“Newcastle University’s Blue Room is being used to enable people with autism to experience the thing that terrifies them in a safe environment.
Experiences include crossing a bridge and talking to a shop assistant.
Using the technology, eight out of nine children were able to tackle the situation they feared and four were cured of their phobias completely.
As well as the room with screens, relaxation techniques and guidance from a psychologist were used in the treatment.”
By Sarah Griffiths at Daily Mail
Read more: http://www.dailymail.co.uk/health/article-2678267/From-scaling-heights-going-shopping-virtual-reality-room-helping-people-autism-overcome-crippling-phobias.html?ITO=1490&ns_mchannel=rss&ns_campaign=1490
More info: Plos One – Reducing Specific Phobia/Fear in Young People with Autism Spectrum Disorders (ASDs) through a Virtual Reality Environment Intervention http://journals.plos.org/plosone/article/asset?id=10.1371/journal.pone.0100374.PDF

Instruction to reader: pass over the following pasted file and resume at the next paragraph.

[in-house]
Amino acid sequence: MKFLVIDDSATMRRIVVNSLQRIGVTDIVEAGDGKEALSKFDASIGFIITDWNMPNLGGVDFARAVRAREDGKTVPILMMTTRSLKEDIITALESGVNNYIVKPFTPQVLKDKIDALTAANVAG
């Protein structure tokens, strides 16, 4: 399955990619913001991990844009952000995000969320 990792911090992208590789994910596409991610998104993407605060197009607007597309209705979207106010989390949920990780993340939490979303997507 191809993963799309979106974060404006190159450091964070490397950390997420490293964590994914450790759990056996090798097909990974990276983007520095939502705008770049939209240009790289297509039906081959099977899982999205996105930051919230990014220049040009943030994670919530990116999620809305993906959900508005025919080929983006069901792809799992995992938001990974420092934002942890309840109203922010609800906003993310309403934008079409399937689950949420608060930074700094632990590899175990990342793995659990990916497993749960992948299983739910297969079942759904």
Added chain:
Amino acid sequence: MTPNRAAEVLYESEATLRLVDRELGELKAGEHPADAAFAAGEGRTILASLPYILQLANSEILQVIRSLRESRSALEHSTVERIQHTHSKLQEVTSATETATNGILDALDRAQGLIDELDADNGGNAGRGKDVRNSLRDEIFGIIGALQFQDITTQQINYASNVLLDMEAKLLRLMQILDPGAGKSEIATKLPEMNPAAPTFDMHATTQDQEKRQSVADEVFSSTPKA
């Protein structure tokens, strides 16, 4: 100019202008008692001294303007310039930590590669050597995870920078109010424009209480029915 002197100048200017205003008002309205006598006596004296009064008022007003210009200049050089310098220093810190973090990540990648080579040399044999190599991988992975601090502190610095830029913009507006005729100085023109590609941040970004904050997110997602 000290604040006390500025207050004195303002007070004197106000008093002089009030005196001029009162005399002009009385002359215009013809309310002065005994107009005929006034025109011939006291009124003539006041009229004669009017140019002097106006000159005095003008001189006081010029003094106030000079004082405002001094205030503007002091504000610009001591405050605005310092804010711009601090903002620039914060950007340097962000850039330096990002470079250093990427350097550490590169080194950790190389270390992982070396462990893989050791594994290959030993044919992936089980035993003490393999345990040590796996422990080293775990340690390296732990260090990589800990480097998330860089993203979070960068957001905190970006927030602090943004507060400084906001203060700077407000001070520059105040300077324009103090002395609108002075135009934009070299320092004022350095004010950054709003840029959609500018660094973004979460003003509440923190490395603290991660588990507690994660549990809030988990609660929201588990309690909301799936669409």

“The scientific team at the Center for BrainHealth is partnering with researchers at Yale’s Child Study Center to test the feasibility of providing the research-based training program to young adults across the country. A person with autism can use the technology to “practice” and hone their skills initiating a conversation with a person they would like to meet, interviewing for a job, or standing up for themselves by confronting a friend or colleague. Practicing social interaction in a safe, non-threatening, gaming environment helps people reduce anxiety and gain the confidence and skills they need to attempt more social interactions in their daily lives.”
By Dr. Sandra Bond Chapman from the Center for BrainHealth writing in the Huffington Post.
Read more at the Huffington Post: http://www.huffingtonpost.com/sandra-bond-chapman/autism-research_b_5077624.html
“Offenders with psychological and behavioural problems are to be treated with a new virtual reality system, which puts them through a range of challenging scenarios, in a safe environment.
The system, called Pisces, has been designed by a virtual reality company called Xenodu from Hertfordshire, in conjunction with the medical school at Norwich’s University of East Anglia.
It is about to be used at the Broadland Clinic, a secure unit for up to 24 patients, near Norwich.”
BBC Look East’s Ian Barmer reports.
“Virtual reality technology allowing people to watch themselves in simulated social situations could help combat anxiety problems. The imaging gizmo invented by a company in Elstree in Hertfordshire is being trialled at an inpatient mental health clinic near Norwich.”
ITV’s Natalie Gray reports.